Note to Younger Self: A Retrospective

I feel it is about time for a bit of introspective contemplation about my life now that I have completed the many stages of:- childhood, puberty, teenage angst, young arrogance, adult optimism, marriage and kids, middle-age cynicism, and now spending time with my grandkids.  Now as my grandkids recruit me into their games, it somehow seems to complete a cycle as my ambitions fade and their’s grow.  

So what would I have told my younger self if I had a Tardis instead of a Nissan?  Not so much actually.  Just the general advice that every older person gives, which is to be bolder, as few regret what they did, but many regret what they didn’t do.  My missed opportunities were definitely in relationships.  As a teenager I was such a dork, it is embarrassing to even think about it.  In the 60’s it was popular to believe that aliens had landed on Earth and they were living amongst us perhaps performing sexual atrocities on unfortunate victims.  I thought they were called girls.  Unfortunately, no such atrocities were were performed on me.  I have plenty of excuses, such that I went to boys only schools after primary, and at uni, the mechanical engineering department boasted 200 males and 1 girl.  Talk about being up against the odds.  So upon graduation I worked a couple on months in a warehouse stacking boxes and bought a ticket to New Zealand.  A real and symbolic flinging my fate to the winds, as you can’t walk home from New Zealand.

Decided in a few seconds, it was the most spontaneous, brilliant and courageous thing I had ever done.  That was what I was searching for when I wrote the title.  Leap out of your comfort zone was the only useful advice I could give to my younger self.  And if it doesn’t work, do it again.  And again.  That seems to contradict Einstein’s definition of insanity, but hey, the boundary conditions will be different.  So eventually, after many disappointing or painful failures, you will splash into the right pond.  After wandering through such places as Iran and Afghanistan Indonesia and Thailand, I had found many places to challenge my comfort zone.  So then I sought another challenge that I have found in Possum Valley, which may contradict the advice of my older self suggesting I leap again.  But hey, give me a break, a frog gets tired.  So after 42 years I have established a comfort zone entirely of my own making from a wild plot of rainforest.  Even that long ago I could see the threat of habitat loss and ecological damage by clearing and thought to protect a tiny bit as a wildlife fortress enclave in the wilderness.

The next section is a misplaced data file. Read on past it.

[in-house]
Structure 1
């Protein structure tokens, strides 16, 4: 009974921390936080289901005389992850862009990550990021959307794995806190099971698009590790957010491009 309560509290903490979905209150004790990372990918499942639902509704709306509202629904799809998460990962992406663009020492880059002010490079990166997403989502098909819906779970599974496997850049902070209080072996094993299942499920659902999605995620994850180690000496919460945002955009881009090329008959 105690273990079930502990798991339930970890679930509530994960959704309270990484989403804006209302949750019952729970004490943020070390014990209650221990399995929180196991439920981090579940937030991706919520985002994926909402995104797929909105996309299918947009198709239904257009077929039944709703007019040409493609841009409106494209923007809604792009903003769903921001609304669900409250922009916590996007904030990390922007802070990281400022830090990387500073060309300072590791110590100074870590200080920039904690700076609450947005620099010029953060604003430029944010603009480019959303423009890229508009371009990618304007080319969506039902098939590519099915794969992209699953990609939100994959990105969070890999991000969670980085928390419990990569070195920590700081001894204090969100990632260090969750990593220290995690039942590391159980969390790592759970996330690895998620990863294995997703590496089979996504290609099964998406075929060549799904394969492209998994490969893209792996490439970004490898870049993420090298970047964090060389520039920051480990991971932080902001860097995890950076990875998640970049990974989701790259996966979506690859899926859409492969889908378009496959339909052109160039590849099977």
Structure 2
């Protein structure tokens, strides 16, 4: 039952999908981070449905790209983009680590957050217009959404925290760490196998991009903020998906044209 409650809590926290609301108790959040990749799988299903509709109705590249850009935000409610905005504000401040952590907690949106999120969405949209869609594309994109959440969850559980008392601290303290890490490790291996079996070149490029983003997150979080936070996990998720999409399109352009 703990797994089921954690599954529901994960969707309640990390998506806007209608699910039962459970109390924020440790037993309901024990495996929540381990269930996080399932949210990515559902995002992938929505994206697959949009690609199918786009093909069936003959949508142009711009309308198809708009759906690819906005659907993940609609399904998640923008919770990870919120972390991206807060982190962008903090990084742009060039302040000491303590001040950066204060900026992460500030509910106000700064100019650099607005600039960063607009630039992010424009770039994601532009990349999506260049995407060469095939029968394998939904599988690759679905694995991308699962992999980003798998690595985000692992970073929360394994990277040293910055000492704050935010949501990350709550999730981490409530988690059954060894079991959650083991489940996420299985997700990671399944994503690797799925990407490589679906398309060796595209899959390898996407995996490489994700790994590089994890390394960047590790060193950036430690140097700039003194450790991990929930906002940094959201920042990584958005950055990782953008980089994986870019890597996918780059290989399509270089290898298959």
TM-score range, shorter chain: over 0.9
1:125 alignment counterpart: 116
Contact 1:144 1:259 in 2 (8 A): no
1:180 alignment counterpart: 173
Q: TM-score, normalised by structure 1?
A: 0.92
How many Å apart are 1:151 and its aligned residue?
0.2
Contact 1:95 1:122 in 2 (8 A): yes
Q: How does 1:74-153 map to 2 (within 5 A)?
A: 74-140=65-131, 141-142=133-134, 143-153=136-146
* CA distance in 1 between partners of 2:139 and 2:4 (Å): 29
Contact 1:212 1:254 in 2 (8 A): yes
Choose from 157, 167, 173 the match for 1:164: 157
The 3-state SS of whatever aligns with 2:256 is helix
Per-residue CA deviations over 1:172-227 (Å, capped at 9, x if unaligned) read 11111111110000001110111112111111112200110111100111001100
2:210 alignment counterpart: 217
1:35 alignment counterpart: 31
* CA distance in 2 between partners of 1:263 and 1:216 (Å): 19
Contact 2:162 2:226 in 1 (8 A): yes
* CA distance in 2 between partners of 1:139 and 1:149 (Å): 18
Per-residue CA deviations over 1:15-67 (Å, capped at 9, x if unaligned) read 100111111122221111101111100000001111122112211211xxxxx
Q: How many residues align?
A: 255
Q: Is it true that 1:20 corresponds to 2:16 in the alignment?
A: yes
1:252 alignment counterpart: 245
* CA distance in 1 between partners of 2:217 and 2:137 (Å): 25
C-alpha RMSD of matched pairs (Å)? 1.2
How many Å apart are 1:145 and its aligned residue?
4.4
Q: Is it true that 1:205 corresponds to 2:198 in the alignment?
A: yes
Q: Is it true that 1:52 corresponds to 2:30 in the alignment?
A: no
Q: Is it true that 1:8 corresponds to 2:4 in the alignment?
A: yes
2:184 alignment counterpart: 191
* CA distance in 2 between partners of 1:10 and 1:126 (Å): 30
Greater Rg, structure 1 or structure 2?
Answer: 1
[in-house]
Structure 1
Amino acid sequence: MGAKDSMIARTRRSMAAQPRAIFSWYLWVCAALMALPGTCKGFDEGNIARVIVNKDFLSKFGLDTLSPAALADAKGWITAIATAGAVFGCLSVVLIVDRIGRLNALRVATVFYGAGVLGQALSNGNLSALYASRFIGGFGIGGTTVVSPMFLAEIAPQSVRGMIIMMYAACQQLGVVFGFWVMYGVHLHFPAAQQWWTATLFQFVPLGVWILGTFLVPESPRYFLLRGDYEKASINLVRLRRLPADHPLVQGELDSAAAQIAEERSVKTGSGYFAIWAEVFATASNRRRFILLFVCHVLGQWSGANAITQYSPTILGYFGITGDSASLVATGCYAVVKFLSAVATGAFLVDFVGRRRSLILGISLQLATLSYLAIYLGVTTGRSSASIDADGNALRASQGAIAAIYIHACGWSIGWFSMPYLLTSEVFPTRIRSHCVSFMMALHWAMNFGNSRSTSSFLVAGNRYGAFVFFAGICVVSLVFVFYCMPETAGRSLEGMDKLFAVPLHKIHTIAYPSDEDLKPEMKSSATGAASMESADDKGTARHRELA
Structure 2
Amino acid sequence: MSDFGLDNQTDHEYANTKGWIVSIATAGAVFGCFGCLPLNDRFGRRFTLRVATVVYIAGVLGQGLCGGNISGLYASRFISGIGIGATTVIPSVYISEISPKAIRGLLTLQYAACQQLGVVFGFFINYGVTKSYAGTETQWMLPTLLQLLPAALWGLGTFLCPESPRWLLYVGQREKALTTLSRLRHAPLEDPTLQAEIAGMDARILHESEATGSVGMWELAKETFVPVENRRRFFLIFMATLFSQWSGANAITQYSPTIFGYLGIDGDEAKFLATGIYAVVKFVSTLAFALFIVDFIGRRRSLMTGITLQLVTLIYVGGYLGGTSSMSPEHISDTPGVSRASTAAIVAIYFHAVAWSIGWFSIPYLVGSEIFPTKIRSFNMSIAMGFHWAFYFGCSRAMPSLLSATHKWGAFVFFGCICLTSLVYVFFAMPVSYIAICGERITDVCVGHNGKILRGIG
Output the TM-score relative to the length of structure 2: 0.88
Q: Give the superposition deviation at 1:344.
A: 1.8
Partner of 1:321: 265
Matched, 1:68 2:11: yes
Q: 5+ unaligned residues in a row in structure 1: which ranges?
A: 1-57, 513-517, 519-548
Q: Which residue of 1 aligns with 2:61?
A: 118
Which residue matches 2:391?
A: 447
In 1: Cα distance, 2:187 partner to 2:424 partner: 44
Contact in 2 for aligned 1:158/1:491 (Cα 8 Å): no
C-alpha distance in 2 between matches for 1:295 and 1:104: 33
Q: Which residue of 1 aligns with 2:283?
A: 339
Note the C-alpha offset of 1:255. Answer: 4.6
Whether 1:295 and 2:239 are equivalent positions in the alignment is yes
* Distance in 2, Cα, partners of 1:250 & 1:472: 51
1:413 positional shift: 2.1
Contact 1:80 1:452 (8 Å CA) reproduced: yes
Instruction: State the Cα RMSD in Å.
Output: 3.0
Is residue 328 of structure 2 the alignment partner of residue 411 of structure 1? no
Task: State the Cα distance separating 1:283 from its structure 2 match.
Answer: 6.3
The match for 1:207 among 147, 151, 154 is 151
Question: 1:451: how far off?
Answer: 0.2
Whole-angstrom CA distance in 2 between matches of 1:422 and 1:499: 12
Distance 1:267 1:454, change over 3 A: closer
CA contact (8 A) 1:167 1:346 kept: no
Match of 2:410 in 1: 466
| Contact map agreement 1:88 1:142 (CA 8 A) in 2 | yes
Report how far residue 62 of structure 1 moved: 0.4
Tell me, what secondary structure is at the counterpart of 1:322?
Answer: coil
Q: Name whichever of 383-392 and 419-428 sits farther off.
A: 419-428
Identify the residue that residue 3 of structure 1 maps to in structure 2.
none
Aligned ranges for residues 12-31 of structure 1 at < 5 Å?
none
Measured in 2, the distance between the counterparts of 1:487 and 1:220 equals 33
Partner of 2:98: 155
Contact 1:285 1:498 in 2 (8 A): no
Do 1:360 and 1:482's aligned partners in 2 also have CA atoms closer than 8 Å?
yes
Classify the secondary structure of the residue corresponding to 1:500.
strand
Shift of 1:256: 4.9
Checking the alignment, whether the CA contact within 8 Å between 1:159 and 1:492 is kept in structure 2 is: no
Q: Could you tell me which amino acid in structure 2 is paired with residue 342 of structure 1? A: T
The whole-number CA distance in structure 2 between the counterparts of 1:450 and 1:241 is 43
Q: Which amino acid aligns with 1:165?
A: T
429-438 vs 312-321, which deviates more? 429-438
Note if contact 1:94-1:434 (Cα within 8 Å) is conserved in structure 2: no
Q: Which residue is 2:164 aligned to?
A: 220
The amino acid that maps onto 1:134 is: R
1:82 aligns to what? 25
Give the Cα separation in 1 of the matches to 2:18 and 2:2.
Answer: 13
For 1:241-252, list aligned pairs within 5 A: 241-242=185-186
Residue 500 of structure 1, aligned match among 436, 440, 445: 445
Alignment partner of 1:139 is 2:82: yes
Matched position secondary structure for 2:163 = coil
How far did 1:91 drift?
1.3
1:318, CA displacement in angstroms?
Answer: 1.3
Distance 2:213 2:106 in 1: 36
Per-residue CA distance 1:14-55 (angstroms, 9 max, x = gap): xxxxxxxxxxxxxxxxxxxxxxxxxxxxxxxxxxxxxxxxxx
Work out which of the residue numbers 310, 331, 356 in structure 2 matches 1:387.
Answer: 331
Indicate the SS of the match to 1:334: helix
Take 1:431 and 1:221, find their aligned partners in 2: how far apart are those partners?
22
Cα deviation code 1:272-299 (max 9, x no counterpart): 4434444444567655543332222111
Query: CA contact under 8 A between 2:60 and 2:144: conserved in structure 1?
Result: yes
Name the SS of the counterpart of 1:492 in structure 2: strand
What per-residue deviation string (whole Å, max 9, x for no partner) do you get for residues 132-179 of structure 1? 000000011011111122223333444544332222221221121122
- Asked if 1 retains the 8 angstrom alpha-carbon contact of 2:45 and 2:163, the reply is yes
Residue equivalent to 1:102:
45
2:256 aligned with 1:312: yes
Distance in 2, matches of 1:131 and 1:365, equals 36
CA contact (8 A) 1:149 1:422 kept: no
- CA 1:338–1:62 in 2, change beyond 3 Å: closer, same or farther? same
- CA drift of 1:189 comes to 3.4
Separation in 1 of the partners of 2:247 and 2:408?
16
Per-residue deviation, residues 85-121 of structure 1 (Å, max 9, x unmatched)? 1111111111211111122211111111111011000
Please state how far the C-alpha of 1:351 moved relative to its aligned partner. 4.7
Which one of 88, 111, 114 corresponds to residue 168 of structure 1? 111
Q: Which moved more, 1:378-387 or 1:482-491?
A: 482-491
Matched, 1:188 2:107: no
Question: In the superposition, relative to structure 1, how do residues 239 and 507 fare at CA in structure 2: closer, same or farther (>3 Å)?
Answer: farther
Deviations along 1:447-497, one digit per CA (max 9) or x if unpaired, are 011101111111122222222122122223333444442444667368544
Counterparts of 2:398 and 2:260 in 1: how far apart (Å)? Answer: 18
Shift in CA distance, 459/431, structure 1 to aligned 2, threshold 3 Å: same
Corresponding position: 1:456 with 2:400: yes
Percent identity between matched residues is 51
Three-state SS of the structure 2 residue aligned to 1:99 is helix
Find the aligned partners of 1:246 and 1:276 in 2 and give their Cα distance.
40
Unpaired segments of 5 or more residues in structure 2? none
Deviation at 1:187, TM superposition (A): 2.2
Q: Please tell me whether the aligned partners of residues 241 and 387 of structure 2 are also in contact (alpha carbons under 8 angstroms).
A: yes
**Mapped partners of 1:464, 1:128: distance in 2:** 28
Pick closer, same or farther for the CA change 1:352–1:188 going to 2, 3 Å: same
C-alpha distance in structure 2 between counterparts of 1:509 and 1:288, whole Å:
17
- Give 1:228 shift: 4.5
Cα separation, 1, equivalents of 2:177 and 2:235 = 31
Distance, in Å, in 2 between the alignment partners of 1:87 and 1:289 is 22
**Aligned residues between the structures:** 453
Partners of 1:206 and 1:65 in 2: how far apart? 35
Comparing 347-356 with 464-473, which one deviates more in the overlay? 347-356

In recent weeks I have seen the folly of my naive thinking.  Reports from around the world have been flooding in about the catastrophic decline in insect numbers and diversity.  This is very serious for the world, as insect are a vital component, deep in the foundations of the pyramid of life and perform many life services for humans such as pollination of our food crops and moderation of pests, also feeding a host of birds and frogs, and …. well just about everything.   My folly was thinking this was happening somewhere else and that Possum Valley was far enough ‘away’ and isolated it wouldn’t effect me.  But it already has.  But as they say about rubbish we throw away, there is no ‘away’ anymore.  The decline in insects is happening in Puerto Rican rainforests as well as in national parks in Germany surrounded by cropping land.  I should have seen this earlier, as I just had to search my memory to remember the profusion of bugs when I first came here.  Mass swarmings of big brown beetles in droning clouds rattling on the tin roof and clattering into a chicken wire fence.  masses of caterpillers known as army worms devouring the grass, dazzling arrays of moths in a profusion of colours and bizarre patterns that came particularly in December.  I have been patiently awaiting the return of the moths as I realised then they had good years and bad, but I have been too patient for too long.  I should have realised a decade ago, they are gone.  It used to be I could get endless entertainment in the weeks before xmas sitting on the loo with the window ajar.  The moths attracted by the light came with astonishing patterns and colours seeming more like a children’s colouring competition than the often demure garb of nature.  

I wonder if I have unconsciously been in denial, that it could happen even here in my precious bit of paradise.  I wish I had methodically recorded the numbers and varieties of insects, particularly moths over the 40+ years I have been here.  It would have been a giant undertaking, but longitudinal studies are often the most revealing.  So now I have only anecdotal evidence.  I have read that not all insects will suffer decline and ones that thrive are likely to be the annoying, sometimes dangerous, biting ones exploiting the rapidly expanding human biomass.  When I came here in 1976, I think PV was mosquito free.  In the last 15-20 years they have been occasional visitors.  Now regular visitors but only one or two at a time following rain.  This year for the first time ever were some midges, or sandflies hovering around in the shade.  I thought they were tiny fruit flies until I felt the itch.